Change of plans - leaving OSH a few
days later, I'll be heading northwest to Monitowoc (KMTW)
to cross Lake Michigan near the narrowest point, keeping me within gliding distance of shore
for almost the whole crossing (55 NM). Mason County, MI (KLDM)
is just a checkpoint on the other side of the lake. I'll then head over to
Oakland/Troy, MI (7D2) to
visit with the Michigan crew of Mike Skorija, David Clifford, Eric Ruttan,
and whomever else shows up for a few hours. From there, it'll be a straight shot
south to Delaware, OH (KDLZ)
to visit George Mellen, a COZY MKIV builder. Maybe overnight here,
maybe not, depending upon the time.
I woke around 7 AM and went to check the weather, either at the internet cafe with my computer (as I like to) or via the FSS briefers (who, although nice enough and very helpful, are human beings, with whom I generally try to avoid contact whenever possible). The Cafe was closed, so I used the briefer(s). I then went and had breakfast with Lee and Curt, and discussed the nature of democracy and capitalism. We wandered back to the tents, and I began packing up, as the weather looked like it would be OK, at least to the Detroit area. Eric Ruttan called to confirm the ride back to Detroit, and I got the plane and packing ready. We gassed up and then headed over to get a departure briefing, as well as to get my 2-day camping refund for the days I wouldn't be there. The departure briefing basically told me exactly what I already knew from the previous three days of rides - take off and get the hell out of their airspace at 500 ft. AGL heading east or southeast.
OK, so we (Eric and I) headed back to the tent, finished packing up, and we taxied to runway 36L. Takeoff was nominal (after a 10 minute wait for the line of planes ahead of us to be sent out) and we headed east across Lake Winnebago at 500 AGL. Five miles out, we headed up to 12.5K ft. You may notice that we were heading eastbound, so that 12.5K ft. was NOT the right altitude, but it took about 45 minutes before I realized that, after we had already descended to 10.5K ft. (but I get ahead of myself). We got to 12.5K ft. just about as we reached the western shore of Lake Michigan. The visibility was pretty good, and the cloud tops (scattered to broken) were at about 8K ft, so we were well above them. There was no "automatic rough" as we flew over the water, and with a 30 knot tailwind and a 194 mph TAS, we made it across the lake in about 20 minutes. Well. THAT was a non-event. I will not get complacent, however, as I realize that we had about the best possible conditions vis-a-vis visibility and ceilings. As we got to Michigan, we descended to 10.5K ft., and when a Lake Buccaneer passed us at the same altitude going the other direction, I remembered that I WASN'T going west, but east, and we descended to 9.5K ft. I let Eric fly for about 1/2 hour (he's only taken a couple of lessons, but had very little problem keeping the plane straight and level and pretty close to on altitude.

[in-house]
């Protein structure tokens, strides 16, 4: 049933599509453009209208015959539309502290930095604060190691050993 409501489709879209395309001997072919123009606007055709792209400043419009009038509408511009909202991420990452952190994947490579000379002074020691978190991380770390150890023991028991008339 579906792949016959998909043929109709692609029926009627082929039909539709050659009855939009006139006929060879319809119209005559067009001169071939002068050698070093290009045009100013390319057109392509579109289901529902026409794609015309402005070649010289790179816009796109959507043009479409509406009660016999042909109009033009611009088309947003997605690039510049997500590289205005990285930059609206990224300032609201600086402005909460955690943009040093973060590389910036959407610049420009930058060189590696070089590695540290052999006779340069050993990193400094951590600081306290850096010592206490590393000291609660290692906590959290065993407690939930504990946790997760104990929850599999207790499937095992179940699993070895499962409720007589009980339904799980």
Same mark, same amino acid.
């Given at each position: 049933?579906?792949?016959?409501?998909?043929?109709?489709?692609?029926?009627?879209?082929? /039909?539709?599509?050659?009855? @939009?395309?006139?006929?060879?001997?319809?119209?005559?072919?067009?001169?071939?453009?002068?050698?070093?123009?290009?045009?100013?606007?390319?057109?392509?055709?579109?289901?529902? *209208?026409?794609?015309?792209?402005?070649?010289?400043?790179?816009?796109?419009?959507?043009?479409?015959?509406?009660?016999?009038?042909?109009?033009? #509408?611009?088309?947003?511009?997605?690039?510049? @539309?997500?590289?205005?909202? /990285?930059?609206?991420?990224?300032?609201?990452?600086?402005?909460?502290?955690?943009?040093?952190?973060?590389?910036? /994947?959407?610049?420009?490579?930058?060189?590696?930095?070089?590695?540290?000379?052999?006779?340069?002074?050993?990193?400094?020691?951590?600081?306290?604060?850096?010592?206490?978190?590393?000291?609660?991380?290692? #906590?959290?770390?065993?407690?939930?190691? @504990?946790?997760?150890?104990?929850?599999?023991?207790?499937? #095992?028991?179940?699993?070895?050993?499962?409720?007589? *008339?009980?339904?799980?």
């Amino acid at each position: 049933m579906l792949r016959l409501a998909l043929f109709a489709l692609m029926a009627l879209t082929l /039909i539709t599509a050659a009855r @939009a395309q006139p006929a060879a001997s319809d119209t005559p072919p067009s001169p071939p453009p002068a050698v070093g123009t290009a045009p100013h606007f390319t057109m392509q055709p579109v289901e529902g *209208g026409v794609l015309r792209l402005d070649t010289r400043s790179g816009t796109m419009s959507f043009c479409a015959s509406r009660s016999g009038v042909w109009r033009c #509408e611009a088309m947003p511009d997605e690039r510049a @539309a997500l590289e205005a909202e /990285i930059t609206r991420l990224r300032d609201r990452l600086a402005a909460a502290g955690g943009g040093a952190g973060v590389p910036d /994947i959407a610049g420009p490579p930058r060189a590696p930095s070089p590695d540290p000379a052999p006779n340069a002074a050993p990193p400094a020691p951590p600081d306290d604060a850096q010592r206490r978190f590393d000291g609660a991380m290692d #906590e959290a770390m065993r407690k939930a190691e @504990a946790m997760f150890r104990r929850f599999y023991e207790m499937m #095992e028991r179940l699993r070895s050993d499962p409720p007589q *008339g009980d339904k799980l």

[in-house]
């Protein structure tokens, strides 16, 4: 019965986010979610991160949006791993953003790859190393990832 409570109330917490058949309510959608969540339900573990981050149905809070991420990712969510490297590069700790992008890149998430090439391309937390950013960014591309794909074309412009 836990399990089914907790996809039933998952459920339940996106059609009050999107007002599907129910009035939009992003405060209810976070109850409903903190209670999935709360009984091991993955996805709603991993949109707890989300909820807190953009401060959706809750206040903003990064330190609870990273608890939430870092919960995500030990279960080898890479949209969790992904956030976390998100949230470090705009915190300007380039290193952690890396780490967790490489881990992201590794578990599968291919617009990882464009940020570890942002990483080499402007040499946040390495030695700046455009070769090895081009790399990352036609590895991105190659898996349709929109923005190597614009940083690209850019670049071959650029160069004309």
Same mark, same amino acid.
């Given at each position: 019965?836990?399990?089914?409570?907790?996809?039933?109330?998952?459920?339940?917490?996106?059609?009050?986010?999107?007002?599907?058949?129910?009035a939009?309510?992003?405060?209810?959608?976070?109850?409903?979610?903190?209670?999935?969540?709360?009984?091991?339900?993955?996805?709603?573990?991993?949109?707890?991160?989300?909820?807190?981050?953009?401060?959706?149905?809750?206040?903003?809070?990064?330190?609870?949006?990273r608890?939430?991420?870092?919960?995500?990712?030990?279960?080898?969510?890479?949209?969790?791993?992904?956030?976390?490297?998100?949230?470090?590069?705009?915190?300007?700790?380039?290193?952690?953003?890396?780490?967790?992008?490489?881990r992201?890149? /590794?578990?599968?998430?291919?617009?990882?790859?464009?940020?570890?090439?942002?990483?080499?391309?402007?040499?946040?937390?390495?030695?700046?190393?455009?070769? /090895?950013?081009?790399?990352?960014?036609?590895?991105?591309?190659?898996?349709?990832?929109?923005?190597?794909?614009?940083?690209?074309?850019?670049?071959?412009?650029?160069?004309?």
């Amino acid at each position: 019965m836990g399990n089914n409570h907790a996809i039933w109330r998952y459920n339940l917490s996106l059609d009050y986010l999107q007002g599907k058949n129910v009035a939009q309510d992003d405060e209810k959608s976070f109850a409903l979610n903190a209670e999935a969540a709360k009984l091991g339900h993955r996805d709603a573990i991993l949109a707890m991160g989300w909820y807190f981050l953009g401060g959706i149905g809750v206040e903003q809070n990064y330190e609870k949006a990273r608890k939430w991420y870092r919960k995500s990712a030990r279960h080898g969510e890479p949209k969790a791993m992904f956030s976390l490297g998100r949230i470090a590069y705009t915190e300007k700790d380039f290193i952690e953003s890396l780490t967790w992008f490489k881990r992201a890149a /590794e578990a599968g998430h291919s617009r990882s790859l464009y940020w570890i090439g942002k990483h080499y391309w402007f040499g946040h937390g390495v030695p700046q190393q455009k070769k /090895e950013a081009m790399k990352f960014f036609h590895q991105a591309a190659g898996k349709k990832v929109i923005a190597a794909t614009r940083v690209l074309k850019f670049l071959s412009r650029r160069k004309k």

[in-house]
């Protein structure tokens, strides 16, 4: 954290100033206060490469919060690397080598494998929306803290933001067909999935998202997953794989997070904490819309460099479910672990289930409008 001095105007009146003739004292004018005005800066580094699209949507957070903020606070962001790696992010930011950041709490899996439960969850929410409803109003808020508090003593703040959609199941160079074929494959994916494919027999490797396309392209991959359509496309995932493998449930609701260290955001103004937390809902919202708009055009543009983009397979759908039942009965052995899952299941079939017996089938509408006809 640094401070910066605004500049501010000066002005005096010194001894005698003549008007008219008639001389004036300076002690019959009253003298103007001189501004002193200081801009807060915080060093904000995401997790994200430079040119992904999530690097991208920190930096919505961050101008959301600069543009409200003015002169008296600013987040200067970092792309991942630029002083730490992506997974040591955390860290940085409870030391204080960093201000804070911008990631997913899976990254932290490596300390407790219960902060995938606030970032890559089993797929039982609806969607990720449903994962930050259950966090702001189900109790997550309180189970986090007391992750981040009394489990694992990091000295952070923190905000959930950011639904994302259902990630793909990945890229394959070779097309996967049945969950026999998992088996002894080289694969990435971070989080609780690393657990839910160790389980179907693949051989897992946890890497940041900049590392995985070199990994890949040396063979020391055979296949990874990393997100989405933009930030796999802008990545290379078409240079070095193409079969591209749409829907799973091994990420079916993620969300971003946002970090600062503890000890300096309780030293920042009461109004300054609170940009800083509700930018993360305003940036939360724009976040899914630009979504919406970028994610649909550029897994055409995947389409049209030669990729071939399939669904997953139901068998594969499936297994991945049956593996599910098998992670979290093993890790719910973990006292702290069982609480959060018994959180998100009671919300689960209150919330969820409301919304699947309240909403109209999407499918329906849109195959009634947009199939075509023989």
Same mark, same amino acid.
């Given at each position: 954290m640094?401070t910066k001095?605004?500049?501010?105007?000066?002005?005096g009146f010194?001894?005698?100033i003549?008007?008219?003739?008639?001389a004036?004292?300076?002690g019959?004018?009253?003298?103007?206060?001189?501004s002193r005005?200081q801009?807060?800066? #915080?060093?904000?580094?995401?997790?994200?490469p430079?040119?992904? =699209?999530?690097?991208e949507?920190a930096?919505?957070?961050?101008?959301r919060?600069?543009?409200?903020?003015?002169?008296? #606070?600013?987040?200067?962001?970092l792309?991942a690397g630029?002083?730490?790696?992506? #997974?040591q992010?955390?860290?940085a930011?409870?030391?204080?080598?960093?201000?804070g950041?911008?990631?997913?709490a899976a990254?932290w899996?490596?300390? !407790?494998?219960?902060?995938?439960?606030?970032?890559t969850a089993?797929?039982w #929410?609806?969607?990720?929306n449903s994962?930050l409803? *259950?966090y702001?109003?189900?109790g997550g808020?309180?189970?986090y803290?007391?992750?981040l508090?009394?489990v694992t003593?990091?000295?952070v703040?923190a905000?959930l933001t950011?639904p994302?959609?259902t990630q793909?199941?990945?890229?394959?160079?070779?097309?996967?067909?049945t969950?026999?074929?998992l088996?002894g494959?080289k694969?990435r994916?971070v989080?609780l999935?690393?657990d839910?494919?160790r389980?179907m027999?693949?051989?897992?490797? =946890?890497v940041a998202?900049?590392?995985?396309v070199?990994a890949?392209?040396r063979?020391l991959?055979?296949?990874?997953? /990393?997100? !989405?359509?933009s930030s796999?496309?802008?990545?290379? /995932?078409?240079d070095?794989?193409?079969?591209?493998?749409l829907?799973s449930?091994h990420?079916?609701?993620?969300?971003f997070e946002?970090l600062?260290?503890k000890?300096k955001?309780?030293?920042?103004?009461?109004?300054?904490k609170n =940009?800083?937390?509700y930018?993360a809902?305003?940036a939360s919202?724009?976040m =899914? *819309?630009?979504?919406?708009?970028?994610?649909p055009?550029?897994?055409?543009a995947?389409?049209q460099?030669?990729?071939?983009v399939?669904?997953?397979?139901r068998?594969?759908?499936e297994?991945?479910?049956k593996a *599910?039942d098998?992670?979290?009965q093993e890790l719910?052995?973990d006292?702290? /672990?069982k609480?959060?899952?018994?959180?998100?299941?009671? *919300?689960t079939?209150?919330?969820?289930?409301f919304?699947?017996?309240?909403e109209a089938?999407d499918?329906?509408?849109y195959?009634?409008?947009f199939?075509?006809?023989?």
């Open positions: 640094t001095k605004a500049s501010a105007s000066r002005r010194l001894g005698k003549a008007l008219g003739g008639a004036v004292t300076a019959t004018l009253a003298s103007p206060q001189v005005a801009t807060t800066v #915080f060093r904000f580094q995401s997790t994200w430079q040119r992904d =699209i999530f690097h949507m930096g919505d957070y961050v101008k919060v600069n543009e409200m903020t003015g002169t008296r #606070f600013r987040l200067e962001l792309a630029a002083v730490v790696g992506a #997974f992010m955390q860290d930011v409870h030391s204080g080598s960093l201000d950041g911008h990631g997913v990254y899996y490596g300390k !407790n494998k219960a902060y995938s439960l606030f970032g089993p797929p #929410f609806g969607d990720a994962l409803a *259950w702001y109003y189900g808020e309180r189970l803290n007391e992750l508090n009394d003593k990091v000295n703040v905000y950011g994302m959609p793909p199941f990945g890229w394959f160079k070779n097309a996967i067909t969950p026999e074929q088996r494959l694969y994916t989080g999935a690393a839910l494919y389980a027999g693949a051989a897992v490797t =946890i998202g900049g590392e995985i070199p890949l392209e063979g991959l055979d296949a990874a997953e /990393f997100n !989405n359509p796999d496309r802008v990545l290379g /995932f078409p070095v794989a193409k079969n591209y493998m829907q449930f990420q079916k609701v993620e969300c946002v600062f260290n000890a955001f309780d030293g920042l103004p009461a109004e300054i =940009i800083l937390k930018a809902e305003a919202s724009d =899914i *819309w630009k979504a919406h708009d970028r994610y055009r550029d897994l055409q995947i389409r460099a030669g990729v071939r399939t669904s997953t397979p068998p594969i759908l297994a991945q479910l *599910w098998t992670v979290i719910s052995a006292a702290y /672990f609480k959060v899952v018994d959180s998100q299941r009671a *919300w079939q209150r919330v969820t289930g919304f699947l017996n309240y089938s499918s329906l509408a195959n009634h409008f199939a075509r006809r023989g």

As the clouds got lower, we descended to 7.5K ft., and for the last 25 miles descended below the cloud layer, where it was hazy, hot, and a little bumpy, and headed into Oakland/Troy, MI (7D2). Mike Skorija and Mike LaFleur arrived about 5 minutes after we landed, and Mike's partner Thane, Mark Robey, and a couple other MI builders/prospective builders showed up soon thereafter. I gave short rides to Mike LaFleur and Thane, letting them fly the plane for a bit and demonstrating stalls, both level and turning. Both seemed very impressed with the aircraft's capabilities.
After that, we tied up the plane, everyone left, and the Mikes brought me back to Mike S.'s house, where I got a tour of his excellent woodworking products and his very nice shop. Mike loves to help folks out, and lets people use his shop to build furniture. I took a shower and then Mike and his wife Lori graciously invited me to go along with them to a restaurant for a surprise party for their daughter and her partner. The conversation and people were a lot of fun, and I think we were there for over 4 hours. Mike and Lori have an open house, with people coming and going on a regular basis - they are extremely hospitable folks.
We went back to their house, I checked the weather for the next day, updated
the very web pages that you're reading at this very second (how recursive can
one get?), and then hit the sack.
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